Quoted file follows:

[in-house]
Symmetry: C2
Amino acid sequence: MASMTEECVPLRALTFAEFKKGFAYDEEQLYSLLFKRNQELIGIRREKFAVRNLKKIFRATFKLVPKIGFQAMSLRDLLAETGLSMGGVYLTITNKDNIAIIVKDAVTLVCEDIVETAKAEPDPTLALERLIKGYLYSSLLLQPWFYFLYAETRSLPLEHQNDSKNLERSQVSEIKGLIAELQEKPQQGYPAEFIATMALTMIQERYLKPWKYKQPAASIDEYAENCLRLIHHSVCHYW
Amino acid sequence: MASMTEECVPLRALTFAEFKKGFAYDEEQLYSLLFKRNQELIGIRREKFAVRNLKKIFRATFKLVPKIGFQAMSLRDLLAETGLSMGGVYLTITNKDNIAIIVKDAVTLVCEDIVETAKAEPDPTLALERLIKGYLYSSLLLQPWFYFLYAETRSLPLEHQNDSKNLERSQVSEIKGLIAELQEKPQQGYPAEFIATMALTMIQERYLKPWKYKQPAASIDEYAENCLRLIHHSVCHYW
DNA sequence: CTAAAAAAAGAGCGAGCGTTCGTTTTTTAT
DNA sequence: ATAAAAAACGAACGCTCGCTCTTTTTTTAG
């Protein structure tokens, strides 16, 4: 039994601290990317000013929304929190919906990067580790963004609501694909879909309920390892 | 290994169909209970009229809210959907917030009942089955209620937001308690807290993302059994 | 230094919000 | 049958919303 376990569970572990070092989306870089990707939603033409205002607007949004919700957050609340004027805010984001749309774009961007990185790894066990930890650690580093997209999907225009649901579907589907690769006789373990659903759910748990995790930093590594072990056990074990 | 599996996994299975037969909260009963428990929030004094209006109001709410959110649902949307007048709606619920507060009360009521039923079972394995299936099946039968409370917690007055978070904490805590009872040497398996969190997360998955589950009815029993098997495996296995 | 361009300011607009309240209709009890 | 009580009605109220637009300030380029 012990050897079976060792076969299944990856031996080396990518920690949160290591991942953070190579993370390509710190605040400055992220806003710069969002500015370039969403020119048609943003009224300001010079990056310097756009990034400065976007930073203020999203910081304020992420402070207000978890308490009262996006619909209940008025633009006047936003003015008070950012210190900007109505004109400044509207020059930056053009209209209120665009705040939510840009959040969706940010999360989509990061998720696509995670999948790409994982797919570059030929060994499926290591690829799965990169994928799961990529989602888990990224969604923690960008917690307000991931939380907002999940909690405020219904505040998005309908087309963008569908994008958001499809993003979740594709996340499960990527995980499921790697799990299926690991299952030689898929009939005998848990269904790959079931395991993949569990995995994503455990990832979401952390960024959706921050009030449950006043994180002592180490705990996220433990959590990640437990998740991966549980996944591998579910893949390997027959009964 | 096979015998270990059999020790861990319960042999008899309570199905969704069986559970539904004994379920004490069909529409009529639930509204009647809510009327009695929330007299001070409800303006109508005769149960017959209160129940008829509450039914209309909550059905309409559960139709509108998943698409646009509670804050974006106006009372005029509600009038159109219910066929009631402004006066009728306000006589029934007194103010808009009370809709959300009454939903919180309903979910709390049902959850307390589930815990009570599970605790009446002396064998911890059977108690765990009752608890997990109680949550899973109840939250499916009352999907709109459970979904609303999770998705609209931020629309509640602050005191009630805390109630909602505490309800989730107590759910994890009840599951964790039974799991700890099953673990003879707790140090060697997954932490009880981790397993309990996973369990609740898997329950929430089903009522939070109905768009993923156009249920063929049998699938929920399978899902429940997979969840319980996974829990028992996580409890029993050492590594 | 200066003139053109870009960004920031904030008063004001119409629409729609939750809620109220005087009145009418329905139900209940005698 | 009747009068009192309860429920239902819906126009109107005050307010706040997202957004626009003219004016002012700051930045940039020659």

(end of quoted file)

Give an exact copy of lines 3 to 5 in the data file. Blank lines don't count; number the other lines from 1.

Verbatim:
Amino acid sequence: MASMTEECVPLRALTFAEFKKGFAYDEEQLYSLLFKRNQELIGIRREKFAVRNLKKIFRATFKLVPKIGFQAMSLRDLLAETGLSMGGVYLTITNKDNIAIIVKDAVTLVCEDIVETAKAEPDPTLALERLIKGYLYSSLLLQPWFYFLYAETRSLPLEHQNDSKNLERSQVSEIKGLIAELQEKPQQGYPAEFIATMALTMIQERYLKPWKYKQPAASIDEYAENCLRLIHHSVCHYW
Amino acid sequence: MASMTEECVPLRALTFAEFKKGFAYDEEQLYSLLFKRNQELIGIRREKFAVRNLKKIFRATFKLVPKIGFQAMSLRDLLAETGLSMGGVYLTITNKDNIAIIVKDAVTLVCEDIVETAKAEPDPTLALERLIKGYLYSSLLLQPWFYFLYAETRSLPLEHQNDSKNLERSQVSEIKGLIAELQEKPQQGYPAEFIATMALTMIQERYLKPWKYKQPAASIDEYAENCLRLIHHSVCHYW
DNA sequence: CTAAAAAAAGAGCGAGCGTTCGTTTTTTAT